Green sea turtles are such peaceful, graceful and gentle creatures. Spending time in close proximity to them is as exciting as it is calming. If you’ve always wanted to lounge on the beach or swim with them, then you’ve come to the right place.
The Honu (green sea turtle) has always held a special meaning for Hawaiians, symbolizing wisdom, good luck, endurance and a long life. They were also sometimes perceived to be an “Aumakua” (powerful spirit), often a deified ancestor that takes the form of an animal and acts a personal guardian of each individual and their family. The turtle symbolizes a navigator who can always find his way home. Hawaiian legends say the honu were the first to guide the Polynesians to the Hawaiian Islands.
Please treat our turtle friends with Aloha!
If you're lucky enough to spot a turtle, remember that they are an endangered species and protected by law. You must keep your distance. It’s illegal to come too close to the sea turtles, touch, or harass them in any way. The law says you can’t do anything that even has just the potential to disturb their natural behavioral patterns.
The recommended safe distance is about 20 feet, which really isn’t that bad. You can get some GREAT pictures from 20 feet.
Fair warning: The fines are pretty stiff, and you risk becoming “Internet Famous” and publicly shamed if someone (including yourself) posts a picture of you getting too close to a turtle on social media.
What to look for and how to spot the turtles
(Wait for them to come up for air)
Whenever you’re in a spot that’s known to be popular with the turtles, do your best to sit still, focus your eyes on a patch of water, and look for a turtle-head to eventually pop up for a few seconds as it takes a quick breath. They can stay underwater for hours when resting but typically come up for air about every four of five minutes when they’re feeding. Just stay focused on the water, make yourself comfortable, relax, enjoy some coffee, and enjoy the view while you wait.
I’ve found that if there is one turtle in the area, there are typically a couple of others in the same area as well. They aren’t known to be social creatures but they are attracted to areas with a lot of seagrasses and algae to eat. Several might be in the same area to eat from the same food source.
Swimming with sea turtles
If you’re lucky enough to spot sea turtles basking on the beach, it typically means they have a few friends out in the water nearby.
The best way to enjoy a sea turtle encounter is to keep your distance, float motionless where you are, and quietly observe (pretend to be another turtle). Don’t hover over the turtles or create a situation where you block the turtle from coming up for air. Don’t try to chase or follow the turtles. They might be frightened and trying to escape. They can swim a LOT farther than you, so it’s best to let them go rather than put yourself in danger by following it out to sea or into dangerous currents.
In general, the more peaceful and non-threatening you are, the more likely it will be that you won’t scare them away, and the longer you’ll be able to enjoy spending some quality turtle-time with them.
Where to spot green sea turtles per island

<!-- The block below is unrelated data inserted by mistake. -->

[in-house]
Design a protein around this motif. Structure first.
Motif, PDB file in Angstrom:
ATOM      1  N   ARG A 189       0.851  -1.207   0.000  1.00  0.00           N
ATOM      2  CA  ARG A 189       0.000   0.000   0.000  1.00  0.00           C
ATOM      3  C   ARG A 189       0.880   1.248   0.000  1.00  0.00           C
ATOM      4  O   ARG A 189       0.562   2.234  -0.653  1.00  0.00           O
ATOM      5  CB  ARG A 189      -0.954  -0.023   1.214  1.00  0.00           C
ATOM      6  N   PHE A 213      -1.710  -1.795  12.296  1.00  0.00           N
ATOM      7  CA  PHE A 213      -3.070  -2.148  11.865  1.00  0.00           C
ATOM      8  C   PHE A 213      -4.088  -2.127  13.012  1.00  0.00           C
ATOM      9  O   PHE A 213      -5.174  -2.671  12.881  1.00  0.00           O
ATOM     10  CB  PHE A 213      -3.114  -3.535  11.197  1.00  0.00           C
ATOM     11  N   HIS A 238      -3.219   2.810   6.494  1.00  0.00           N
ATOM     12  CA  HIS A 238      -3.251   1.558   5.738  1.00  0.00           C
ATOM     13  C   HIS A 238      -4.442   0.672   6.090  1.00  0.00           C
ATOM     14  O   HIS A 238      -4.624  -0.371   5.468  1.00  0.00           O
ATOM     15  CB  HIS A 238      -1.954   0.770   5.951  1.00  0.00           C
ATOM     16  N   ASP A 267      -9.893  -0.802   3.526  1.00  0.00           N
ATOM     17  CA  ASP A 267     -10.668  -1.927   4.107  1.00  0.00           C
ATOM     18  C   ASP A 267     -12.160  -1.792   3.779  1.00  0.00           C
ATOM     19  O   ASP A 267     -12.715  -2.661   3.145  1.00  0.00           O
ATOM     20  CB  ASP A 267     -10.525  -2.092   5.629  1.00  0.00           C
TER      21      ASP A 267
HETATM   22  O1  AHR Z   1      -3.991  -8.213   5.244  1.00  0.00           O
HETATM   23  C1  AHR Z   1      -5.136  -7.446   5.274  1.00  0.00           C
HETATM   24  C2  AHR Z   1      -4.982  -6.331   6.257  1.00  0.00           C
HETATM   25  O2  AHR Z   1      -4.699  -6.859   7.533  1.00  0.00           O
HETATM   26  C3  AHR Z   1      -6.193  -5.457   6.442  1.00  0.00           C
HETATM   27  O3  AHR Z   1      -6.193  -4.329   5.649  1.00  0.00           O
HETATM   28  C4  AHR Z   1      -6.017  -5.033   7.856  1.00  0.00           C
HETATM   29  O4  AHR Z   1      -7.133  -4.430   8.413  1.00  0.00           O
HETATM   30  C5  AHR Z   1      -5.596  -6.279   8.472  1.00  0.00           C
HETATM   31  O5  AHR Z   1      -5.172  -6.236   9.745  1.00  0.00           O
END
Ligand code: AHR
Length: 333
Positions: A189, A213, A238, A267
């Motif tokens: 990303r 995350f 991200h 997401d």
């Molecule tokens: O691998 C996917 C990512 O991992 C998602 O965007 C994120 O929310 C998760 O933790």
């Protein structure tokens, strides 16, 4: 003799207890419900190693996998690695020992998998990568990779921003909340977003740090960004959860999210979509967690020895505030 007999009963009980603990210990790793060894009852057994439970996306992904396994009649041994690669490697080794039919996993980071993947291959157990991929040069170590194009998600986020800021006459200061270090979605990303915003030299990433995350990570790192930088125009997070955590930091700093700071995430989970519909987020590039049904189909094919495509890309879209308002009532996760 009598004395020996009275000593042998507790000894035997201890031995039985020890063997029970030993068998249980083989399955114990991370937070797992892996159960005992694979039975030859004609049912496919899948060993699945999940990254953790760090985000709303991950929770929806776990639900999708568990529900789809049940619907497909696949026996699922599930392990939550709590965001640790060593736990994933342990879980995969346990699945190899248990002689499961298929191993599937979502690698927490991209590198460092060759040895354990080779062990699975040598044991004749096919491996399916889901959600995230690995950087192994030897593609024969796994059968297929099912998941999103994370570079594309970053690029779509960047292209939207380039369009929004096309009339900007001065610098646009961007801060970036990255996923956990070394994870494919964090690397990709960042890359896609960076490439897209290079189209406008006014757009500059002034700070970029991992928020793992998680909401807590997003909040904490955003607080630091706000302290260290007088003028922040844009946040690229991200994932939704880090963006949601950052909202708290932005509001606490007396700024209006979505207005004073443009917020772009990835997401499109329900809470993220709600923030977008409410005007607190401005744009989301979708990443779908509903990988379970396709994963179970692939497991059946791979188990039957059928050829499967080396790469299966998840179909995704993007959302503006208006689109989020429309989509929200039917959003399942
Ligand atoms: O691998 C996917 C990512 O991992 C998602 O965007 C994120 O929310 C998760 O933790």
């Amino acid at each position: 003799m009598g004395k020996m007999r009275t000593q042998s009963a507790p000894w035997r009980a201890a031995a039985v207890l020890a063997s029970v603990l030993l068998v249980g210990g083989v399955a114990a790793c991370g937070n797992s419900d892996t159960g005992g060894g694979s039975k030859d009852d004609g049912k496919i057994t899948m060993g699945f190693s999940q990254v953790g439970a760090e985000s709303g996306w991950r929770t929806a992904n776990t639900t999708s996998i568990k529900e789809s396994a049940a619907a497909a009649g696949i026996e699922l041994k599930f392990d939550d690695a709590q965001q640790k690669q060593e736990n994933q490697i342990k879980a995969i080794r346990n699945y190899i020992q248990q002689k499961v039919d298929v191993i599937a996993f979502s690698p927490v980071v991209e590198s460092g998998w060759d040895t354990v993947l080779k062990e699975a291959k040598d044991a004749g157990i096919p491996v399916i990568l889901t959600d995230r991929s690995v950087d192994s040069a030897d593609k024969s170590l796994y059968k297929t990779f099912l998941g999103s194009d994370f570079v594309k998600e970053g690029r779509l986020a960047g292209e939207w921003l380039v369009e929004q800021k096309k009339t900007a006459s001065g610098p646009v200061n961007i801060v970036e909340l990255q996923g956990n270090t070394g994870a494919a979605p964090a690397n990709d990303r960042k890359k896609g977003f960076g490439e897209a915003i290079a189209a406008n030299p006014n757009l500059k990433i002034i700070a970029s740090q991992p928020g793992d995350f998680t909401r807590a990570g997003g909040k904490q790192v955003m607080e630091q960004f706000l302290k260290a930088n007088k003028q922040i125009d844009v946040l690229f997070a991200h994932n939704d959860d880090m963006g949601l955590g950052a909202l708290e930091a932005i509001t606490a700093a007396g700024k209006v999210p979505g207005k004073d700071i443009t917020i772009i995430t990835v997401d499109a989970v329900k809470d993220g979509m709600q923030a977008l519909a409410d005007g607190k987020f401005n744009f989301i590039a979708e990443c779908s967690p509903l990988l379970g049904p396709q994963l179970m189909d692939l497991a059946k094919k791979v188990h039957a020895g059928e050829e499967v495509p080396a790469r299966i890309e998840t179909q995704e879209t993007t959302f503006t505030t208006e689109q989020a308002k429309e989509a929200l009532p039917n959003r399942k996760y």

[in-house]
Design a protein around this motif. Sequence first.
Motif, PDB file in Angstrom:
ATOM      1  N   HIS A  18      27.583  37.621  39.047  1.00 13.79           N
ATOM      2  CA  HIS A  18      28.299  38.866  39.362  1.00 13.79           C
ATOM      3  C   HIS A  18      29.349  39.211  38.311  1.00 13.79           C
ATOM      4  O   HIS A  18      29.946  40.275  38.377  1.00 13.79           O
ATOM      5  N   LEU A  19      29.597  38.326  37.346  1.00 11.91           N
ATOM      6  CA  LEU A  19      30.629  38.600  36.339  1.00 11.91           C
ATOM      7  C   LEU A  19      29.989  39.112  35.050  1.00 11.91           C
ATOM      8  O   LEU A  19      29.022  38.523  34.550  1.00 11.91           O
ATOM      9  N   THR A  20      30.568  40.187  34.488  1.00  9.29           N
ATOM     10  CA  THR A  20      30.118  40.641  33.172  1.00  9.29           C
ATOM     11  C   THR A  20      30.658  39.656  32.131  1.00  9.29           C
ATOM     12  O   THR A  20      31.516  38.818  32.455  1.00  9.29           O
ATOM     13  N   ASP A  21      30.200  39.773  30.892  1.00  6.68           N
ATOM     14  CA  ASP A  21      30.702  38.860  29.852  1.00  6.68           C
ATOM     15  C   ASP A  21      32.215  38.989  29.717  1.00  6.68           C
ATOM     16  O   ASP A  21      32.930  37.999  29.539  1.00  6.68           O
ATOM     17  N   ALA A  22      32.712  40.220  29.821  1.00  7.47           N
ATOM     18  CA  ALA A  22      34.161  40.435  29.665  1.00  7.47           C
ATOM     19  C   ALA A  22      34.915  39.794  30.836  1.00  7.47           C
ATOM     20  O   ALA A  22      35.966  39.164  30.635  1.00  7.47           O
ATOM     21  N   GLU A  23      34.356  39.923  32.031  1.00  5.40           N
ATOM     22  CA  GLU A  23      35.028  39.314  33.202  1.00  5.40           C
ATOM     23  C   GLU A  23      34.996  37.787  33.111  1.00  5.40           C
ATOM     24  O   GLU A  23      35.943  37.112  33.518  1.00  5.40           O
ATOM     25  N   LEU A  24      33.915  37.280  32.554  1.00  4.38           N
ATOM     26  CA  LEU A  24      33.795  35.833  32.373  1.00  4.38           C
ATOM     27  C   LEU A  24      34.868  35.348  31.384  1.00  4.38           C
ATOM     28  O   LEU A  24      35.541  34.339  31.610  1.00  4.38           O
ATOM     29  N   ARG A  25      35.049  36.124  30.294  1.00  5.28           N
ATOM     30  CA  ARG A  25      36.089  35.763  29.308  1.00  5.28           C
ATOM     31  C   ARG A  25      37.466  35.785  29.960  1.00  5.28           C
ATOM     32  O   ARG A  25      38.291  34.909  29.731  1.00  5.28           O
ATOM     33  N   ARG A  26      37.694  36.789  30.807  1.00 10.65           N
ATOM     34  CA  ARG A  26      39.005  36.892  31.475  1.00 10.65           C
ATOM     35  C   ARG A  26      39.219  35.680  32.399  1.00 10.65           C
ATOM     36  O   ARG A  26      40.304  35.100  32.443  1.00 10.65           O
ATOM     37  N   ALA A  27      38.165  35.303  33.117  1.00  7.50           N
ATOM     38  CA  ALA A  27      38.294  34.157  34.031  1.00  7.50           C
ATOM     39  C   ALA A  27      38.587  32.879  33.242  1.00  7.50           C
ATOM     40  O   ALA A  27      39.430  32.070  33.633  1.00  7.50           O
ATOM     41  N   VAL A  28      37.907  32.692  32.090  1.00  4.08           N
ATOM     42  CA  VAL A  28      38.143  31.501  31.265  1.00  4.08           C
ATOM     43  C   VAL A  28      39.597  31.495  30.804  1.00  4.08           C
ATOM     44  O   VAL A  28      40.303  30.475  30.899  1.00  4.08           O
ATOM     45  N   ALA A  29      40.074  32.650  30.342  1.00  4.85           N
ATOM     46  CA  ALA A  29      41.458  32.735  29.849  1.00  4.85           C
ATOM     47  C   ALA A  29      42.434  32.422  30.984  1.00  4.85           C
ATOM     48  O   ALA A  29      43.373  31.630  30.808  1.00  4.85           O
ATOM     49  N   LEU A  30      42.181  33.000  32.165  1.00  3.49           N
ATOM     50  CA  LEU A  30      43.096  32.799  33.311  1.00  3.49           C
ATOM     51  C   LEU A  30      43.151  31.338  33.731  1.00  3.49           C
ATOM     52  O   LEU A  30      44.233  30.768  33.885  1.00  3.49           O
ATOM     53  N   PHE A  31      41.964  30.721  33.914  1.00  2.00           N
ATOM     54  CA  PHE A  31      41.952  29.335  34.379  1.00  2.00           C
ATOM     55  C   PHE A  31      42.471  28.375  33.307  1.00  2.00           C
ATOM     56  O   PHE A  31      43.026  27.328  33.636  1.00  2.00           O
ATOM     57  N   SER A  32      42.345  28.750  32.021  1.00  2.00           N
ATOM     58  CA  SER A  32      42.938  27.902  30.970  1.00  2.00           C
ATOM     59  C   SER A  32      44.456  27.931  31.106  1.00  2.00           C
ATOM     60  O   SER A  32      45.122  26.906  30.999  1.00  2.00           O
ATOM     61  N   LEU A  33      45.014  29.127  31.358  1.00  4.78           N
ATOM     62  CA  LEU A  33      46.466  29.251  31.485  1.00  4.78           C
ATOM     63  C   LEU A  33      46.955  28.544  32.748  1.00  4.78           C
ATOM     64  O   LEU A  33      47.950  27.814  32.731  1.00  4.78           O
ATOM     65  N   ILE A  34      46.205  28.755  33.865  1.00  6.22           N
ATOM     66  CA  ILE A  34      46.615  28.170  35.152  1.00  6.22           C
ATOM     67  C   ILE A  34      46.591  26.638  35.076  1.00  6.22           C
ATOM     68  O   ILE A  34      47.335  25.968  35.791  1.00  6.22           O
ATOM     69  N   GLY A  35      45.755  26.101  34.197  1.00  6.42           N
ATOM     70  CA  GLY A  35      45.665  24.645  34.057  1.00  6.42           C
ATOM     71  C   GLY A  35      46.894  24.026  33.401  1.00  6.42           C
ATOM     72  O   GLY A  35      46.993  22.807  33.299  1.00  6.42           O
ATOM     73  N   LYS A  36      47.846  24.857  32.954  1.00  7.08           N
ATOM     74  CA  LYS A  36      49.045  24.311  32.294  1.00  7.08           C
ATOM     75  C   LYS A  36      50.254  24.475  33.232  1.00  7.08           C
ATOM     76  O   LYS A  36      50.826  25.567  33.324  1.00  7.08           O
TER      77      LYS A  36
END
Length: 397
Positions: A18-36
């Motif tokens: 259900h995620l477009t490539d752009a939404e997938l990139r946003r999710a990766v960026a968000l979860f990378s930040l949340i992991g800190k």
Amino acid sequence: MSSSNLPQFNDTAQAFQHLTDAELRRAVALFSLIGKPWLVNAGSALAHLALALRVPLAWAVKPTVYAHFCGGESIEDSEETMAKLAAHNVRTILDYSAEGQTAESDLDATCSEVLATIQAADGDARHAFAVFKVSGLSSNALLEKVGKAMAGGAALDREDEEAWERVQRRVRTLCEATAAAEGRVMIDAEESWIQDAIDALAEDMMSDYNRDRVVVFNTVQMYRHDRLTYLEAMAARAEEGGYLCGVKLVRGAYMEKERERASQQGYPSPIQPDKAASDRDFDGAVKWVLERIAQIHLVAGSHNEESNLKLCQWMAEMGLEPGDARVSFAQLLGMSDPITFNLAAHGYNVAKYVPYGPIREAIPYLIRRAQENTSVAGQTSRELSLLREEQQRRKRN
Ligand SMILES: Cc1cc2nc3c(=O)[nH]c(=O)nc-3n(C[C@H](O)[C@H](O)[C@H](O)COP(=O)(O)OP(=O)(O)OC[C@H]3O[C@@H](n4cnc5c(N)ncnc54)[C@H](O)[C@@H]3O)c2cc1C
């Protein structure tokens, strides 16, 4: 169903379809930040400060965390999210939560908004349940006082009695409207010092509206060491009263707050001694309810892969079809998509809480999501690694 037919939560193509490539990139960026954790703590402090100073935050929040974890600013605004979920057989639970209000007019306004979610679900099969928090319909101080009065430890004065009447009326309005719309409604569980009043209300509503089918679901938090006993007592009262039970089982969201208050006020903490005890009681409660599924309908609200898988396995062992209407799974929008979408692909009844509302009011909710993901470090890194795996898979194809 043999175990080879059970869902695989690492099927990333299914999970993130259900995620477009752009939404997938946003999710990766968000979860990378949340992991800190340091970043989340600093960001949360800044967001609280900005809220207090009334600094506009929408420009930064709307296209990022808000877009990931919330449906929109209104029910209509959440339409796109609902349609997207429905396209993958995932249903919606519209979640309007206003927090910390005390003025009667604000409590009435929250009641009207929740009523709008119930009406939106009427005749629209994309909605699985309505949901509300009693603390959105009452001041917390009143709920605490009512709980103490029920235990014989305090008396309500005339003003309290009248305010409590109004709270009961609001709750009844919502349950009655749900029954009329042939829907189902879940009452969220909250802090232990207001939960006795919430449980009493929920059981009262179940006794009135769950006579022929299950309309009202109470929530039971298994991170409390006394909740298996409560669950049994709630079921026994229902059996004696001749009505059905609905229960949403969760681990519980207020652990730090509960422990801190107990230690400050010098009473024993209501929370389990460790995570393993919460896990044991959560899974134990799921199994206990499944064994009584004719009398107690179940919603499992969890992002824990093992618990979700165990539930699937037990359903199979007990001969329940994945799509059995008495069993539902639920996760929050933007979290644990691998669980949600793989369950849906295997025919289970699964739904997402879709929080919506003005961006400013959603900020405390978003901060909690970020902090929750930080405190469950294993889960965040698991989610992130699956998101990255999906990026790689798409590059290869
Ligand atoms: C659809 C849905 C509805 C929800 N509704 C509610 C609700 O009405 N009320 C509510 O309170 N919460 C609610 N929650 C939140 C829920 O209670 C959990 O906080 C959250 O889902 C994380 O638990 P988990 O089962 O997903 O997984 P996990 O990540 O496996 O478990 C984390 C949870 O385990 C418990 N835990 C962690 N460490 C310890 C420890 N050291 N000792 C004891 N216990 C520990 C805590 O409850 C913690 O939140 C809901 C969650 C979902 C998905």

Green sea turtles can be seen all over Hawaii, but some places are better than others.
They’re most easily spotted near coral reefs, rocks and protected inlets in shallow waters. These areas provide lots of seagrasses and Limu (algae) for them to eat and provide protection from deep sea predators and large waves.
Please do further research on each location you plan to visit. Some locations are more kid-friendly than others, and some are a lot better for swimming due to a lack of rocks, waves and strong currents.
When in doubt, don’t go out.
Waikiki - Grays Beach Seawall
Yes! Even Waikiki. There are way too many people on the beach, so you almost never see them up on the sand. But if you know where to look, you can spot them pretty easily from shore. The most common place to spot them in Waikiki is a place called “Grays Beach”, which is the area between the Halekulani and Sheraton Hotels. The sand has eroded away, and there is now a sea-wall with a walkway instead of a beach. No beach = almost no people. If there are turtles in the area, a small group of people will typically gather along the walkway to watch. Or be the first to make a sighting! Keep your eyes focused on a patch of water, and wait for one to come up for air. Here’s a link, in case you’re not familiar with the spot.
Kahe Point - AKA “Electric Beach”
Address: 92-301 Farrington Hwy, Kapolei, HI 96707
It's nicknamed Electric Beach because of the nearby electric power plant. The power plant circulates water to cool itself off, and the clean but warm water is piped back into the ocean, which attracts a lot of sea life. The warmer water creates an almost ideal growing condition for seagrasses and algae, which attracts the turtles.
Haleiwa Ali’i Beach Park - North Shore Oahu
Address: 66 Haleiwa Rd, Haleiwa, HI 96712
There are sandy spots to swim at, but the majority of this beach has a rocky bottom where the turtles love to hang out and graze on the seagrasses and algae. You can often see them basking along the shoreline.
Waimea Bay Beach Park
Address: 61-31 Kamehameha Hwy, Haleiwa, HI 96712
There is a large rock that people like to jump off of. Near the big rock are coral heads sticking out of the water like tiny islands. It’s pretty common to spot them swimming around those areas. Any area that has a lot of coral or large rocks has a good potential for turtle sightings. Be careful trying to swim here in the wintertime, as the waves get dangerously big.
Laniakea Beach - AKA “Turtle Beach” (Not to be confused with the Turtle Bay Resort)
Address: 574, 61-574 Pohaku Loa Way, Haleiwa, HI 96712
You can see them while snorkeling and on the beach. It’s kind of a tourist attraction because of the abundance of turtles, but there isn’t much parking along the highway. Please do not park illegally, and be careful when crossing the road to get to the beach. Sometimes conservationists and wildlife volunteers act like lifeguards for the turtles to keep the public from getting too close or harassing them.